This week’s conversation is with Dr. Amishi Jha, a professor of psychology at the University of Miami. 

She serves as the Director of Contemplative Neuroscience for the Mindfulness Research and Practice Initiative, which she co-founded in 2010. 

Amishi received her Ph.D. from the University of California–Davis and postdoctoral training at the Brain Imaging and Analysis Center at Duke University. 

Her work has been featured at NATO, the World Economic Forum, and The Pentagon. 

Amishi has received coverage in The New York Times, NPR, TIME, Forbes, and more. 

Her TED Talk on “How to Tame Your Wandering Mind” has over 5 million views and she is the author of Peak Mind, which came out on October 19th. 

You can probably guess where this conversation is headed – it’s all about awareness, focus, and how you can train your brain to pay attention more effectively.

“You’d think if you want to train for better focus, you’d practice focusing. But the reality is, if you want to train for better focus, practice noticing.”

In This Episode:

How one patient inspired her to study psychology

There was this one particular patient I remember, when I came in, he was, I thought, a quadriplegic. And what I realized is that actually he wasn’t a quadriplegic, he did have some movement in his arm. And over the weeks that went by, he was actually, he went from not being able to move at all, to actually being able to guide his own wheelchair. And he would tell me that in the evenings, when he was trying to fall asleep, he’d actually rehears the movements of moving his chair with part of his hand. And I was so like, “That is amazing. He’s literally changing the way his brain functions by just training it.”

The flashlight metaphor

When I think of the superordinate category, it would be the term attention. And within that focus is a particular type of attention, something we’d formally call the brain’s orienting system. And the metaphor I like to use for that system, just based on what we know it does to brain function, is a flashlight. So wherever we direct that computational resource, the ability to focus, we get more crisp, clear, granular information. We select for it. Everything else that is not within the flashlight’s focus is dulled down. Concentration is related to that. It’s in my mind, the ability to sustain that level of focus over time.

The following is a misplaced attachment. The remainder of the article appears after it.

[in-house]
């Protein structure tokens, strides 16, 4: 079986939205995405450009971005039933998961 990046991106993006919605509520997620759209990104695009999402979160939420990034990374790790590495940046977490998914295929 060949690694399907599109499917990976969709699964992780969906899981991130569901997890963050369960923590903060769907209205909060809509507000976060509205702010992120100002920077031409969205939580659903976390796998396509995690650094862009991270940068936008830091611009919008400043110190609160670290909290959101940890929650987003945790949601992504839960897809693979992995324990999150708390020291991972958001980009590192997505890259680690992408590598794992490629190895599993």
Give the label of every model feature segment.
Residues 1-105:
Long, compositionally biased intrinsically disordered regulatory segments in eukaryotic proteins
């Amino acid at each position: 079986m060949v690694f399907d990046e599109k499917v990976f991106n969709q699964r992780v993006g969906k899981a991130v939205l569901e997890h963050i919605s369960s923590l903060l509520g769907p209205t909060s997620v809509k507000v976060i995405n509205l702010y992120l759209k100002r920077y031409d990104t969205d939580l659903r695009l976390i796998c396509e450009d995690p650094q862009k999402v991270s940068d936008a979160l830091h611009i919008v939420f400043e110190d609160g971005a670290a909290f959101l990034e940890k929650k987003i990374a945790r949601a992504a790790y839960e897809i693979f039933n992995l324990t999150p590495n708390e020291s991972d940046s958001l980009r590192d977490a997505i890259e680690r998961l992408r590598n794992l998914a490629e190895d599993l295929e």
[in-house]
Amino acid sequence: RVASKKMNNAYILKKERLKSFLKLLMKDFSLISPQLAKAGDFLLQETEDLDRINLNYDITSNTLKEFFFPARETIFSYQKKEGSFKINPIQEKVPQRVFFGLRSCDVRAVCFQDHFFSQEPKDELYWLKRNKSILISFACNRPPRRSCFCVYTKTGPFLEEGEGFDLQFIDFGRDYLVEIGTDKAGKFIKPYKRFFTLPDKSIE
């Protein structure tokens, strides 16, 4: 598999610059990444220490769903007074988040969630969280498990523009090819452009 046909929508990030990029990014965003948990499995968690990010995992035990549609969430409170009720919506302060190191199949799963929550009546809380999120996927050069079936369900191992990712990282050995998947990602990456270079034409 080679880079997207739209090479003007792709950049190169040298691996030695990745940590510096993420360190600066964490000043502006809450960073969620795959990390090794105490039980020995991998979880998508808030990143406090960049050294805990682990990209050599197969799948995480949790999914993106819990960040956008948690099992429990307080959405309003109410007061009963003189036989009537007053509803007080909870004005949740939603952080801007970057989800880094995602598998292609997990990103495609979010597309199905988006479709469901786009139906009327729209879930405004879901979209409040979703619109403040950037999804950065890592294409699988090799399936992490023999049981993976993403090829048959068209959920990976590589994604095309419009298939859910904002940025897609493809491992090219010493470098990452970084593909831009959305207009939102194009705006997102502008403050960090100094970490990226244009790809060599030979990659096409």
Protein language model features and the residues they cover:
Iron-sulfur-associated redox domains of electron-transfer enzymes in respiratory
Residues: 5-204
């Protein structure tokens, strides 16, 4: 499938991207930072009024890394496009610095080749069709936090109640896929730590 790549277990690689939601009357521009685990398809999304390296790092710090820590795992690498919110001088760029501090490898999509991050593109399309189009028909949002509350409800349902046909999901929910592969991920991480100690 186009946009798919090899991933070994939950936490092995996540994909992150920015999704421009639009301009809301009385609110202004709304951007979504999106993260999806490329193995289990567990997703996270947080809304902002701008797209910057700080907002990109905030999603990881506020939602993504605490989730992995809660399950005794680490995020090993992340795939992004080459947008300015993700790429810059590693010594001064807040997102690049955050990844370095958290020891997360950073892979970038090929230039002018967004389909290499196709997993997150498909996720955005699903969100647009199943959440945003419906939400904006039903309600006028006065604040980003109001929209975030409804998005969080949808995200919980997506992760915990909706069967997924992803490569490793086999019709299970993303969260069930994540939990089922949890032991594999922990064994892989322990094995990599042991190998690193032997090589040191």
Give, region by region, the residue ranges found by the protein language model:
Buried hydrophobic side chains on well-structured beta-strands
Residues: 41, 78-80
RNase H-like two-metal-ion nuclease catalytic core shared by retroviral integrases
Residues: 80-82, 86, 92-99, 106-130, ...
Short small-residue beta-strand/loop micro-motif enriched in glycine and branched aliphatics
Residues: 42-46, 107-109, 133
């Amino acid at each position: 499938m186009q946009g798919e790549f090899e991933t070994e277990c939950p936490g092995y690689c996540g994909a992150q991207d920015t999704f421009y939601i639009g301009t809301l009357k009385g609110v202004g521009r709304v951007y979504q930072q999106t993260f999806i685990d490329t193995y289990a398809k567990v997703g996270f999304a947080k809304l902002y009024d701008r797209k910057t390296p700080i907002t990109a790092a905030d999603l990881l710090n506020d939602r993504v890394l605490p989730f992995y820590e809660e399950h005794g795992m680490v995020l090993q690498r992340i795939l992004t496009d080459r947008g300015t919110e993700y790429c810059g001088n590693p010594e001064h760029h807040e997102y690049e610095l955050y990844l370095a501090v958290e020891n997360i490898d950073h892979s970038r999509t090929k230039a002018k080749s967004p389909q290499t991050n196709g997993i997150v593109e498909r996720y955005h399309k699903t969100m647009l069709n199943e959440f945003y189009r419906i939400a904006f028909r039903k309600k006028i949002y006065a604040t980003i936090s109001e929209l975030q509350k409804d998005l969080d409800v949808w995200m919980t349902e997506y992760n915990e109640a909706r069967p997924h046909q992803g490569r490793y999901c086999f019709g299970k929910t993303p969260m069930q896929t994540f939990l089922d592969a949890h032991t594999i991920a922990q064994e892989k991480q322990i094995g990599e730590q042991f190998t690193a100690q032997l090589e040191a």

“Our attention is the success story of our evolution”

Our attention is the success story of our evolution. And that’s true for everything about the brain right now, that whatever we are right now, no matter how annoying some of the qualities of our mind may be, they were selected for, they were advantaged. And they probably have a use in our lives. So just to keep that in mind. But attention in particular, we think evolved to solve a very big problem that the brain had, which is that there’s just so much information out there, that this limited thing called the human brain could not possibly analyze and understand at all.

The floodlight metaphor

The second system, this floodlight metaphor, is really around broadening our focus and being receptive. So you’re turning down the gain on the signal to noise distinction. And it can be within the external environment and the internal environment. So it’s a very different model. And from the brain science point of view, we know that these are different and distinct brain circuits that allow selection to happen, and then this vigilant, receptive mode to happen.

Attention is vulnerable

The three different systems of attention, don’t work independently, they’re constantly holding hands and coordinating with each other. But it ends up that they’re all vulnerable to the same things. They’re all vulnerable to what we might even call kryptonite in the mind. And they’re all limited in capacity, and they’re all trainable. So there’s certain themes that go across all of them, but that’s really where my mind is right now – understanding from a broad brain basis perspective, how are these things instantiated in the brain? How do they start falling apart, and what can I do to protect them and train them?

Coordination between the mind and the brain

The mind is all these things, but they’re not all happening at the same time. And the way in which they relate to each other, we may be able to learn about that by seeing how the brain actually implements them. And I just gave one example, that you can’t both be broad and narrow simultaneously, just based on what we see in terms of the way the brain operates. In the same way you just described, we can’t be both internal and external typically simultaneously, it’ll cause a conflict. So we’ve got to figure out a way if we want to be able to do these things, that typically are antagonistic, we might want to really train for that specifically, so there’s better or smoother coordination.

The value of training your attention